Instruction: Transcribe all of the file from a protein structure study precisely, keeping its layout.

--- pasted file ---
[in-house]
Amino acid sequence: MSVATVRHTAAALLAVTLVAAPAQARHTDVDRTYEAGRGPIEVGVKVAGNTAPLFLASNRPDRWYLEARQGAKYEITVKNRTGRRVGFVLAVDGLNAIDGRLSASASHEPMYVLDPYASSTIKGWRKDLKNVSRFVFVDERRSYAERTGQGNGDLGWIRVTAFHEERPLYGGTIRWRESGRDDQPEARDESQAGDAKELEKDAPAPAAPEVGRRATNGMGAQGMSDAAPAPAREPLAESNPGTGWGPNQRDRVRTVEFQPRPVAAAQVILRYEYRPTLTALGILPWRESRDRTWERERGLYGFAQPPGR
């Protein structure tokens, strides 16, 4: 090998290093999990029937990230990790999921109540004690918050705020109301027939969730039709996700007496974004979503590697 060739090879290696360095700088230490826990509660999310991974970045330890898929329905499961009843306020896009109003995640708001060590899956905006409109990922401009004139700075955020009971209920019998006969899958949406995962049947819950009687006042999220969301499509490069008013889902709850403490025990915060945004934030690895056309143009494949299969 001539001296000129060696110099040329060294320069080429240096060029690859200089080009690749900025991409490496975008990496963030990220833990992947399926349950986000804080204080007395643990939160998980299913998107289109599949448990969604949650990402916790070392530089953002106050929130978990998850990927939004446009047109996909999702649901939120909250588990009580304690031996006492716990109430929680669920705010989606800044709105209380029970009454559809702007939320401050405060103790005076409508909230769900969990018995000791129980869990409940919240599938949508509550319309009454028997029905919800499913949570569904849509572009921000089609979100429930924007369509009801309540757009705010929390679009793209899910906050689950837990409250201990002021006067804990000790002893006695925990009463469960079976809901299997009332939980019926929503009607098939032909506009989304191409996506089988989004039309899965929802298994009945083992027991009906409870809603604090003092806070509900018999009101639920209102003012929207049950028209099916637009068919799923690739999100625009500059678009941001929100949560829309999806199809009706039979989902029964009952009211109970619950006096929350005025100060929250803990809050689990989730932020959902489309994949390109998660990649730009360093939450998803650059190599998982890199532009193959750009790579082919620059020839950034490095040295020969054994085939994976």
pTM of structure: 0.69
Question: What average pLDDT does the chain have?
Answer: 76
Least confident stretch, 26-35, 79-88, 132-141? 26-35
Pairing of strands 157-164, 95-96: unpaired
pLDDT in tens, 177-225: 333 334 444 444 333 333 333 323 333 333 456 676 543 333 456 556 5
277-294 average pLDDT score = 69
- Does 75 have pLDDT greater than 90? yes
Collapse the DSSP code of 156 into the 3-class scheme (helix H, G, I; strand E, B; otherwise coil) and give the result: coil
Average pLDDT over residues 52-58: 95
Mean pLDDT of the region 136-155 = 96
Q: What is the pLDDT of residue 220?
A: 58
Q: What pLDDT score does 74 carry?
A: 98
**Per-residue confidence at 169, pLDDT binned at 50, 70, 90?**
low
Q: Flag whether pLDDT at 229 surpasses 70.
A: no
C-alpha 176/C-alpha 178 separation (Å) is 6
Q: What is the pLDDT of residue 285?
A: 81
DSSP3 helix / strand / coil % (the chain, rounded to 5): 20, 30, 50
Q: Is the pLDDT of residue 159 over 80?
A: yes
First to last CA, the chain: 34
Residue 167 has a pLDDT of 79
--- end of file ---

[in-house]
Amino acid sequence: MSVATVRHTAAALLAVTLVAAPAQARHTDVDRTYEAGRGPIEVGVKVAGNTAPLFLASNRPDRWYLEARQGAKYEITVKNRTGRRVGFVLAVDGLNAIDGRLSASASHEPMYVLDPYASSTIKGWRKDLKNVSRFVFVDERRSYAERTGQGNGDLGWIRVTAFHEERPLYGGTIRWRESGRDDQPEARDESQAGDAKELEKDAPAPAAPEVGRRATNGMGAQGMSDAAPAPAREPLAESNPGTGWGPNQRDRVRTVEFQPRPVAAAQVILRYEYRPTLTALGILPWRESRDRTWERERGLYGFAQPPGR
């Protein structure tokens, strides 16, 4: 090998290093999990029937990230990790999921109540004690918050705020109301027939969730039709996700007496974004979503590697 060739090879290696360095700088230490826990509660999310991974970045330890898929329905499961009843306020896009109003995640708001060590899956905006409109990922401009004139700075955020009971209920019998006969899958949406995962049947819950009687006042999220969301499509490069008013889902709850403490025990915060945004934030690895056309143009494949299969 001539001296000129060696110099040329060294320069080429240096060029690859200089080009690749900025991409490496975008990496963030990220833990992947399926349950986000804080204080007395643990939160998980299913998107289109599949448990969604949650990402916790070392530089953002106050929130978990998850990927939004446009047109996909999702649901939120909250588990009580304690031996006492716990109430929680669920705010989606800044709105209380029970009454559809702007939320401050405060103790005076409508909230769900969990018995000791129980869990409940919240599938949508509550319309009454028997029905919800499913949570569904849509572009921000089609979100429930924007369509009801309540757009705010929390679009793209899910906050689950837990409250201990002021006067804990000790002893006695925990009463469960079976809901299997009332939980019926929503009607098939032909506009989304191409996506089988989004039309899965929802298994009945083992027991009906409870809603604090003092806070509900018999009101639920209102003012929207049950028209099916637009068919799923690739999100625009500059678009941001929100949560829309999806199809009706039979989902029964009952009211109970619950006096929350005025100060929250803990809050689990989730932020959902489309994949390109998660990649730009360093939450998803650059190599998982890199532009193959750009790579082919620059020839950034490095040295020969054994085939994976």
pTM of structure: 0.69
Question: What average pLDDT does the chain have?
Answer: 76
Least confident stretch, 26-35, 79-88, 132-141? 26-35
Pairing of strands 157-164, 95-96: unpaired
pLDDT in tens, 177-225: 333 334 444 444 333 333 333 323 333 333 456 676 543 333 456 556 5
277-294 average pLDDT score = 69
- Does 75 have pLDDT greater than 90? yes
Collapse the DSSP code of 156 into the 3-class scheme (helix H, G, I; strand E, B; otherwise coil) and give the result: coil
Average pLDDT over residues 52-58: 95
Mean pLDDT of the region 136-155 = 96
Q: What is the pLDDT of residue 220?
A: 58
Q: What pLDDT score does 74 carry?
A: 98
**Per-residue confidence at 169, pLDDT binned at 50, 70, 90?**
low
Q: Flag whether pLDDT at 229 surpasses 70.
A: no
C-alpha 176/C-alpha 178 separation (Å) is 6
Q: What is the pLDDT of residue 285?
A: 81
DSSP3 helix / strand / coil % (the chain, rounded to 5): 20, 30, 50
Q: Is the pLDDT of residue 159 over 80?
A: yes
First to last CA, the chain: 34
Residue 167 has a pLDDT of 79